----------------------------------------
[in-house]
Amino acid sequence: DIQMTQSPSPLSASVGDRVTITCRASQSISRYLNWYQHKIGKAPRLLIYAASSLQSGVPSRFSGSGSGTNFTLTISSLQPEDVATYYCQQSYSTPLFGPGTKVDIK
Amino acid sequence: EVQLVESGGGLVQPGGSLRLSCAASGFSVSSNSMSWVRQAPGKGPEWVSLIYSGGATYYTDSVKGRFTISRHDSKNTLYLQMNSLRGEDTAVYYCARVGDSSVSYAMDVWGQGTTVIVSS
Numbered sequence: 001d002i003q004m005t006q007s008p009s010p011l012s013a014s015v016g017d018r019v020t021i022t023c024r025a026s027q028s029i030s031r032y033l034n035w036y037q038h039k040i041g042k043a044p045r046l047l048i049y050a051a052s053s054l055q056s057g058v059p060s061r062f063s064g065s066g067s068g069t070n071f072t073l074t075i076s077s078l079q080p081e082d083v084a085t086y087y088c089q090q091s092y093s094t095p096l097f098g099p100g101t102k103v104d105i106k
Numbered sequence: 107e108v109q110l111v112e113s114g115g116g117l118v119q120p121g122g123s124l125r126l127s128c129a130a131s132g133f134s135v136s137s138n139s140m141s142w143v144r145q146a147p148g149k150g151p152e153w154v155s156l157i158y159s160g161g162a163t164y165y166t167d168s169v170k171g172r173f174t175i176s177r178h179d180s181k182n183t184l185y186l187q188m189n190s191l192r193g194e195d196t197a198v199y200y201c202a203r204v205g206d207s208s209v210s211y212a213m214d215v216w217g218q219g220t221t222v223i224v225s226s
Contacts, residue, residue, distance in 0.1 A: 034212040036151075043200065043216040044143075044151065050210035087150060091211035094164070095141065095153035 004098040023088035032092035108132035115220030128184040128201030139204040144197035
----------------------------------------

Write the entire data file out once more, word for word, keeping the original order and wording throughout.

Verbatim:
[in-house]
Amino acid sequence: DIQMTQSPSPLSASVGDRVTITCRASQSISRYLNWYQHKIGKAPRLLIYAASSLQSGVPSRFSGSGSGTNFTLTISSLQPEDVATYYCQQSYSTPLFGPGTKVDIK
Amino acid sequence: EVQLVESGGGLVQPGGSLRLSCAASGFSVSSNSMSWVRQAPGKGPEWVSLIYSGGATYYTDSVKGRFTISRHDSKNTLYLQMNSLRGEDTAVYYCARVGDSSVSYAMDVWGQGTTVIVSS
Numbered sequence: 001d002i003q004m005t006q007s008p009s010p011l012s013a014s015v016g017d018r019v020t021i022t023c024r025a026s027q028s029i030s031r032y033l034n035w036y037q038h039k040i041g042k043a044p045r046l047l048i049y050a051a052s053s054l055q056s057g058v059p060s061r062f063s064g065s066g067s068g069t070n071f072t073l074t075i076s077s078l079q080p081e082d083v084a085t086y087y088c089q090q091s092y093s094t095p096l097f098g099p100g101t102k103v104d105i106k
Numbered sequence: 107e108v109q110l111v112e113s114g115g116g117l118v119q120p121g122g123s124l125r126l127s128c129a130a131s132g133f134s135v136s137s138n139s140m141s142w143v144r145q146a147p148g149k150g151p152e153w154v155s156l157i158y159s160g161g162a163t164y165y166t167d168s169v170k171g172r173f174t175i176s177r178h179d180s181k182n183t184l185y186l187q188m189n190s191l192r193g194e195d196t197a198v199y200y201c202a203r204v205g206d207s208s209v210s211y212a213m214d215v216w217g218q219g220t221t222v223i224v225s226s
Contacts, residue, residue, distance in 0.1 A: 034212040036151075043200065043216040044143075044151065050210035087150060091211035094164070095141065095153035 004098040023088035032092035108132035115220030128184040128201030139204040144197035